Copenhagen Consequences: What You Need to Know

November 2, 2009
Copenhagen Consequences: What You Need To Know
Fact Sheet #44

The Next Kyoto?

U.S. Policy: In 1997 the U.S. Senate unanimously passed the Byrd–Hagel Resolution, which warned President Clinton not to enter into any global warming treaty that leaves out developing nations or hurts the American economy. This is still U.S. policy today and should serve as the overarching guidelines for the December global warming conference in Copenhagen.

An Expiring Kyoto: The Kyoto Protocol is the major global warming treaty currently in place, and it expires in 2012. The Copenhagen conference has long been seen by Kyoto proponents as critical for extending the provisions into the decades ahead.

Kyoto Not Ratified: After Vice President Al Gore agreed to the protocol, President Clinton failed to even submit it to the Senate, knowing there wasn’t support for a treaty that so obviously violated the Byrd–Hagel Resolution.

Massive Kyoto Costs: The U.S. didn’t ratify the Kyoto protocol for good reason. Its provisions would have been economically disastrous and environmentally inconsequential. Kyoto failed to reduce emissions, and the developing world—especially China which now out-emits the U.S.—was completely exempt. An Energy Information Administration study at the time projected costs of U.S. compliance to be between $100 billion and $397 billion annually.

Kyoto a Failure

Increasing Emissions: As expected, emissions from exempted developing nations skyrocketed since 1997, but surprisingly, so have emissions from most developed nation signatories. Many Western European nations, and even Japan and Canada, have experienced faster emission increases than those of the U.S. The fact that the U.S. is doing better as a Kyoto outsider than many Kyoto insiders is a lesson that ought not to be lost at Copenhagen.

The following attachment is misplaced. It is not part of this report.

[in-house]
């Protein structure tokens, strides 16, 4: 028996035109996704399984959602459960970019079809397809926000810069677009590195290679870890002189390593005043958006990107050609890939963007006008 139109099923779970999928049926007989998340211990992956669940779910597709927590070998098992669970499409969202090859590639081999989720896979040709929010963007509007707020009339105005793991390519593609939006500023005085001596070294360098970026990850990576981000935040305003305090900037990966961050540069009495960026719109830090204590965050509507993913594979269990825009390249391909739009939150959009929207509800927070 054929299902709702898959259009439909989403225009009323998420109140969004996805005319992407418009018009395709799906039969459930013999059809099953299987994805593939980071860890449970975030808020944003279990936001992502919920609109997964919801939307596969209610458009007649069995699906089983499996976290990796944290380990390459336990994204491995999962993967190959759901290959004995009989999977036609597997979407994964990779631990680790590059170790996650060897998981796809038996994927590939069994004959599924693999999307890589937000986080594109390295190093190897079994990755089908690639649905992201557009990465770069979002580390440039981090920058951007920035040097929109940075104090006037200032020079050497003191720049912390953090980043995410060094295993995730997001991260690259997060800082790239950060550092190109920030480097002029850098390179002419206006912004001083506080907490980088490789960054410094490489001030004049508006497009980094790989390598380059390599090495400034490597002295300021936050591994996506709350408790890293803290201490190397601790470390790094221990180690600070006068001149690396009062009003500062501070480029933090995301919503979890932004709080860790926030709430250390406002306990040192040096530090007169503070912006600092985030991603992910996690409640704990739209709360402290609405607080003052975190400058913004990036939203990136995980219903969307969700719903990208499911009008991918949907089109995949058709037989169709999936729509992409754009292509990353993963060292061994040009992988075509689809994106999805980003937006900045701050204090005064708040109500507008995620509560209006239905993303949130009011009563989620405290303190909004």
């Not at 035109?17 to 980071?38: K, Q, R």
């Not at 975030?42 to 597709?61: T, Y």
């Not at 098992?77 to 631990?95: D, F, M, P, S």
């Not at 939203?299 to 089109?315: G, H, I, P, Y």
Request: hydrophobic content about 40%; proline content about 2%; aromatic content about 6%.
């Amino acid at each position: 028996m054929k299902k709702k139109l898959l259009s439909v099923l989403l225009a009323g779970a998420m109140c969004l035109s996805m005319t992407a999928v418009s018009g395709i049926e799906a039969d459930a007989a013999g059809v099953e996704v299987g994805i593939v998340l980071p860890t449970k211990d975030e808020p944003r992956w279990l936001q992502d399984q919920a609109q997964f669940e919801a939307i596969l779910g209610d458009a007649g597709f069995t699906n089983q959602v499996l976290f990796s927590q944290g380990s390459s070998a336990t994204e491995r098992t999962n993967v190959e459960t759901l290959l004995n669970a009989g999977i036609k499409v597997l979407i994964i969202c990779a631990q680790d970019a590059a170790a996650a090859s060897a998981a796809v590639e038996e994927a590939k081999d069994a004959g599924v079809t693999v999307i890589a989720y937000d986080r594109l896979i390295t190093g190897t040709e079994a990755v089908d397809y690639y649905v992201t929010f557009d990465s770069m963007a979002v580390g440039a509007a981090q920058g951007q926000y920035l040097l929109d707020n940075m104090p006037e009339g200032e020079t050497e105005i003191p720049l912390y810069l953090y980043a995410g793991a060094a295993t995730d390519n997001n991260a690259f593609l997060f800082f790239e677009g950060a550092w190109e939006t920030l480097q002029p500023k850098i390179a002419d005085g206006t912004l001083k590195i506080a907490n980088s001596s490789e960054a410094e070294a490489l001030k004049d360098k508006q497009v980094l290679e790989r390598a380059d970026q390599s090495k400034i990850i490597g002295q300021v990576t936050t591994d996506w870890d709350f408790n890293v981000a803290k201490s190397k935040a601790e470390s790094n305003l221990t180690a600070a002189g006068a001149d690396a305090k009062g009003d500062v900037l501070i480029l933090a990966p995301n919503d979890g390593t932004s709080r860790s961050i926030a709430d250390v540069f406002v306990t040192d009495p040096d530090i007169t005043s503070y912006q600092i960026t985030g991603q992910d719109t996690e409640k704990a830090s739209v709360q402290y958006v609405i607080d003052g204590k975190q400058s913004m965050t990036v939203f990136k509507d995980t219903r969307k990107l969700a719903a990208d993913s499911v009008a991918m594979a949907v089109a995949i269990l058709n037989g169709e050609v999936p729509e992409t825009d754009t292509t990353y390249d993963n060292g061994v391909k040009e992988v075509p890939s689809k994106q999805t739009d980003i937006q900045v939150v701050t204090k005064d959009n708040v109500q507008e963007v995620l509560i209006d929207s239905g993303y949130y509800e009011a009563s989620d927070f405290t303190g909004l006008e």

An Overstated Problem: There has been little or no global warming since the Kyoto Protocol was signed, despite increasing carbon dioxide emissions.

Countdown to Copenhagen

Developing Nations: The need to include developing nations is even greater today. Developing-world emissions began to outpace developed nations in 2005, and they are projected to continue increasing seven times faster. China’s emissions growth is projected to be nine times higher than the U.S.’s through 2030.

Copenhagen Likely Worse Than Kyoto: As economically damaging as Kyoto would have been, Copenhagen would likely be worse. Even proponents of Kyoto described its 5% target as a modest first step toward reducing emissions. One analysis showed that Kyoto would reduce the Earth’s temperature by no more than 0.07 degrees Celsius by 2050. If participants at Copenhagen were serious, they would have to be much more economically reckless to meet their own environmental standards.

Waxman–Markey: The U.S. domestic global warming bill, which narrowly passed the House last June, contains far more stringent targets than Kyoto, requiring a 17% reduction in emissions from 2005 baseline levels by 2020 and 83% by 2050. The Heritage Foundation’s analysis showed that this bill would easily qualify as “serious harm” to the U.S. economy, including reductions in GDP of $393 billion annually, total costs to a household of four of nearly $3,000 annually, and over 1 million net job losses.

Copenhagen Would Cost Too Much: In order to actually reduce emissions, similarly onerous targets to those in Waxman–Markey would be necessary in any global warming treaty coming out of Copenhagen, and those would certainly violate Byrd–Hagel and yield America a desperately tragic economic future.

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